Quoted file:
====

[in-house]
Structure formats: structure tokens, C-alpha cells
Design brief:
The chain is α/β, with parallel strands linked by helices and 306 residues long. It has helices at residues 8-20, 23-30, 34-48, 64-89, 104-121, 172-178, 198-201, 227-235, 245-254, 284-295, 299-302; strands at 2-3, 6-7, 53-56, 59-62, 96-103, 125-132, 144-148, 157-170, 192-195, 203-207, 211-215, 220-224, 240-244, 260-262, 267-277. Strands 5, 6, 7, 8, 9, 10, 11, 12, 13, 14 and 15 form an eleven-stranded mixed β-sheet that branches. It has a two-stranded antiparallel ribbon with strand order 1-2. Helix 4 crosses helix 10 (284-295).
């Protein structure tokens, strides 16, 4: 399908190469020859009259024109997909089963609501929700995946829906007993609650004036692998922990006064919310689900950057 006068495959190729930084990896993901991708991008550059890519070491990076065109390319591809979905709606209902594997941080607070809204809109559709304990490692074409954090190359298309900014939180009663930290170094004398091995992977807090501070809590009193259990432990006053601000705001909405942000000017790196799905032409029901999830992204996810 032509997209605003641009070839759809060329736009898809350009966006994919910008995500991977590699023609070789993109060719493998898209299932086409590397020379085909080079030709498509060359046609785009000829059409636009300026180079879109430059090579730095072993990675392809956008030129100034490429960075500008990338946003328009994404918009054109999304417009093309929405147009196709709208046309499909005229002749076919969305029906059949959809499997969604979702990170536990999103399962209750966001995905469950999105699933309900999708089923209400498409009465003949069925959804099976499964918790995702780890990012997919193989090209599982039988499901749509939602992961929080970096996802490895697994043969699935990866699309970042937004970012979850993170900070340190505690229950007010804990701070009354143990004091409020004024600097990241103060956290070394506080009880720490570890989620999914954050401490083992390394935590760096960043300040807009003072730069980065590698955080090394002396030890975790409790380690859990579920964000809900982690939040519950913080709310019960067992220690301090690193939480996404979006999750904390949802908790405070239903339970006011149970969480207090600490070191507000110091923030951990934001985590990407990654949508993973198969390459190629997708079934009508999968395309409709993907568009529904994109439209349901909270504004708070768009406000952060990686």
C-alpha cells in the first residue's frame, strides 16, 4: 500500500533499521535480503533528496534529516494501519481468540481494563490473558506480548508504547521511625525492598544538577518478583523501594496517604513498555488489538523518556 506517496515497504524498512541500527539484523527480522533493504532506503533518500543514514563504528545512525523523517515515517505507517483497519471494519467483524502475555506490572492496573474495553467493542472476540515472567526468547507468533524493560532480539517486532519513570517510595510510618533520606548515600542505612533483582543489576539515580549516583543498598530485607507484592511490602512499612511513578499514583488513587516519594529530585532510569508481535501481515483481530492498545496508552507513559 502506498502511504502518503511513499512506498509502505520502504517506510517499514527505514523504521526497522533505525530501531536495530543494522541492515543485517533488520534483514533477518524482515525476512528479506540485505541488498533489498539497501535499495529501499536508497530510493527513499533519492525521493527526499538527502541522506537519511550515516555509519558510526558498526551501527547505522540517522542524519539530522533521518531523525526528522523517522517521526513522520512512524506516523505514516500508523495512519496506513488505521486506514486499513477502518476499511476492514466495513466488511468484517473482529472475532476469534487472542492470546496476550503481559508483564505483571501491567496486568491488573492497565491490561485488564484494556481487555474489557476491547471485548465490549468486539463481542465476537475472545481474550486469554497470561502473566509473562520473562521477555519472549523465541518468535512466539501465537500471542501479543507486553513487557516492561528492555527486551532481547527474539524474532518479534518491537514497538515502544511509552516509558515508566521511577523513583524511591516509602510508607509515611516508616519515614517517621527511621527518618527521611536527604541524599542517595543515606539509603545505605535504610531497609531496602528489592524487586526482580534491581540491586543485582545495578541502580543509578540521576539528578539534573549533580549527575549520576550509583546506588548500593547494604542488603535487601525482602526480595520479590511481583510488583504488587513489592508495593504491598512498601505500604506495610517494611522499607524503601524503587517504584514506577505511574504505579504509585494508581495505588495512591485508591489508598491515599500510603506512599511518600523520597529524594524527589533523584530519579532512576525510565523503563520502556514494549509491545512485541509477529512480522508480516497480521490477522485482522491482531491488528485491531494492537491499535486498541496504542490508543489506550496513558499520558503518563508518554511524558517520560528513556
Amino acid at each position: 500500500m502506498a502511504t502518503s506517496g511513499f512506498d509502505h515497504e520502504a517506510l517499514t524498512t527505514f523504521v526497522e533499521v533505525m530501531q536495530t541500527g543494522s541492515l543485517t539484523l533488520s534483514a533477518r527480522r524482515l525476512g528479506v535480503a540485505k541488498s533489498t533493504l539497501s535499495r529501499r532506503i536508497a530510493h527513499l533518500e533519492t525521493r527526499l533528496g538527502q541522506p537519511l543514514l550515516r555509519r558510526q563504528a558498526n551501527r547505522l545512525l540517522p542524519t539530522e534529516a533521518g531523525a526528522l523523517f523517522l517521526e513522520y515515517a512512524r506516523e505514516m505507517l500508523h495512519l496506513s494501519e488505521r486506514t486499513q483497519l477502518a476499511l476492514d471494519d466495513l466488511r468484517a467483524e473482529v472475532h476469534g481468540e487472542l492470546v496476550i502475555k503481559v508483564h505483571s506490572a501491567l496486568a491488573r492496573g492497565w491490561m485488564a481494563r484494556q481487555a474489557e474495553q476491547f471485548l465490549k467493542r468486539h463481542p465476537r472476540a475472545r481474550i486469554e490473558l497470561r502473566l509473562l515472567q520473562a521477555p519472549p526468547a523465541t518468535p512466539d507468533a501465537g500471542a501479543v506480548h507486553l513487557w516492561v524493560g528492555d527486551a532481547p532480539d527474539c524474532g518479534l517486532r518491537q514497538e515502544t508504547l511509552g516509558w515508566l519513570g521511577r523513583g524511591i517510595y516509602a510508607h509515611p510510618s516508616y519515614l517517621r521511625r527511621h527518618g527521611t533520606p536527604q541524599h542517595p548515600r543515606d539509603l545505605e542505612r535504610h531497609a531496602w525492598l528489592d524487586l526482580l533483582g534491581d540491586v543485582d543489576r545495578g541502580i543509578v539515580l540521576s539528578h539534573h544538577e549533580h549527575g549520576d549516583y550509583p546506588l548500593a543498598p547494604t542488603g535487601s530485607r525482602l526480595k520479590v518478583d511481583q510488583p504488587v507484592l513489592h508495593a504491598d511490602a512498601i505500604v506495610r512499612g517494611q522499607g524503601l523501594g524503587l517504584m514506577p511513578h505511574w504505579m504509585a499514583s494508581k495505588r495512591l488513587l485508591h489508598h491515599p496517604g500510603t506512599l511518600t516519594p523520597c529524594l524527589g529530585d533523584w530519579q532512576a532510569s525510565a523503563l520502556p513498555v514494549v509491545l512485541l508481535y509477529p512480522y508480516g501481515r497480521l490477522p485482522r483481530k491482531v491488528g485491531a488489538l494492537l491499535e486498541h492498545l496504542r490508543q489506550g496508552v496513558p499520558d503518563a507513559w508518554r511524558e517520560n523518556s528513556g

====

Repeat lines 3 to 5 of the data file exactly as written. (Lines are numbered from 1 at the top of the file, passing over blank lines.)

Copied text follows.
Design brief:
The chain is α/β, with parallel strands linked by helices and 306 residues long. It has helices at residues 8-20, 23-30, 34-48, 64-89, 104-121, 172-178, 198-201, 227-235, 245-254, 284-295, 299-302; strands at 2-3, 6-7, 53-56, 59-62, 96-103, 125-132, 144-148, 157-170, 192-195, 203-207, 211-215, 220-224, 240-244, 260-262, 267-277. Strands 5, 6, 7, 8, 9, 10, 11, 12, 13, 14 and 15 form an eleven-stranded mixed β-sheet that branches. It has a two-stranded antiparallel ribbon with strand order 1-2. Helix 4 crosses helix 10 (284-295).
């Protein structure tokens, strides 16, 4: 399908190469020859009259024109997909089963609501929700995946829906007993609650004036692998922990006064919310689900950057 006068495959190729930084990896993901991708991008550059890519070491990076065109390319591809979905709606209902594997941080607070809204809109559709304990490692074409954090190359298309900014939180009663930290170094004398091995992977807090501070809590009193259990432990006053601000705001909405942000000017790196799905032409029901999830992204996810 032509997209605003641009070839759809060329736009898809350009966006994919910008995500991977590699023609070789993109060719493998898209299932086409590397020379085909080079030709498509060359046609785009000829059409636009300026180079879109430059090579730095072993990675392809956008030129100034490429960075500008990338946003328009994404918009054109999304417009093309929405147009196709709208046309499909005229002749076919969305029906059949959809499997969604979702990170536990999103399962209750966001995905469950999105699933309900999708089923209400498409009465003949069925959804099976499964918790995702780890990012997919193989090209599982039988499901749509939602992961929080970096996802490895697994043969699935990866699309970042937004970012979850993170900070340190505690229950007010804990701070009354143990004091409020004024600097990241103060956290070394506080009880720490570890989620999914954050401490083992390394935590760096960043300040807009003072730069980065590698955080090394002396030890975790409790380690859990579920964000809900982690939040519950913080709310019960067992220690301090690193939480996404979006999750904390949802908790405070239903339970006011149970969480207090600490070191507000110091923030951990934001985590990407990654949508993973198969390459190629997708079934009508999968395309409709993907568009529904994109439209349901909270504004708070768009406000952060990686």